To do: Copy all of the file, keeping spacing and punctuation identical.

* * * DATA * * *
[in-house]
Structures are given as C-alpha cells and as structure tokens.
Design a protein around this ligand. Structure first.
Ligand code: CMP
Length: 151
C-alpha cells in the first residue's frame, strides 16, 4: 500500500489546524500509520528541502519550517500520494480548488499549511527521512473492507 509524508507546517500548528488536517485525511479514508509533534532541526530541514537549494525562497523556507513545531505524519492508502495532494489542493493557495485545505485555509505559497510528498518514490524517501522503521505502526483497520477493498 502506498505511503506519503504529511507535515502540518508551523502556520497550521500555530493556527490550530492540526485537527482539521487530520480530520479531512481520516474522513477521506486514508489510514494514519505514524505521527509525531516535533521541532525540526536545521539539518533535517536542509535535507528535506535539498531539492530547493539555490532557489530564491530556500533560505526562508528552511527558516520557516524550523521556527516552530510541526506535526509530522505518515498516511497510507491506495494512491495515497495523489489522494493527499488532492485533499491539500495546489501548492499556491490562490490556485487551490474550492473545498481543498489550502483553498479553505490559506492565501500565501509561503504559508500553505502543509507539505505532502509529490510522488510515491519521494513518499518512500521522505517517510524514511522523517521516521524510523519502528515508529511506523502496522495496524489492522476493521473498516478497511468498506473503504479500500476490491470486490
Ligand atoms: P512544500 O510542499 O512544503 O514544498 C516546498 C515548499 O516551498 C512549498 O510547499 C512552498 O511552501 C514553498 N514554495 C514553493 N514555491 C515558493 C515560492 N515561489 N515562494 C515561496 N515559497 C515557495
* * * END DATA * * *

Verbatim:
[in-house]
Structures are given as C-alpha cells and as structure tokens.
Design a protein around this ligand. Structure first.
Ligand code: CMP
Length: 151
C-alpha cells in the first residue's frame, strides 16, 4: 500500500489546524500509520528541502519550517500520494480548488499549511527521512473492507 509524508507546517500548528488536517485525511479514508509533534532541526530541514537549494525562497523556507513545531505524519492508502495532494489542493493557495485545505485555509505559497510528498518514490524517501522503521505502526483497520477493498 502506498505511503506519503504529511507535515502540518508551523502556520497550521500555530493556527490550530492540526485537527482539521487530520480530520479531512481520516474522513477521506486514508489510514494514519505514524505521527509525531516535533521541532525540526536545521539539518533535517536542509535535507528535506535539498531539492530547493539555490532557489530564491530556500533560505526562508528552511527558516520557516524550523521556527516552530510541526506535526509530522505518515498516511497510507491506495494512491495515497495523489489522494493527499488532492485533499491539500495546489501548492499556491490562490490556485487551490474550492473545498481543498489550502483553498479553505490559506492565501500565501509561503504559508500553505502543509507539505505532502509529490510522488510515491519521494513518499518512500521522505517517510524514511522523517521516521524510523519502528515508529511506523502496522495496524489492522476493521473498516478497511468498506473503504479500500476490491470486490
Ligand atoms: P512544500 O510542499 O512544503 O514544498 C516546498 C515548499 O516551498 C512549498 O510547499 C512552498 O511552501 C514553498 N514554495 C514553493 N514555491 C515558493 C515560492 N515561489 N515562494 C515561496 N515559497 C515557495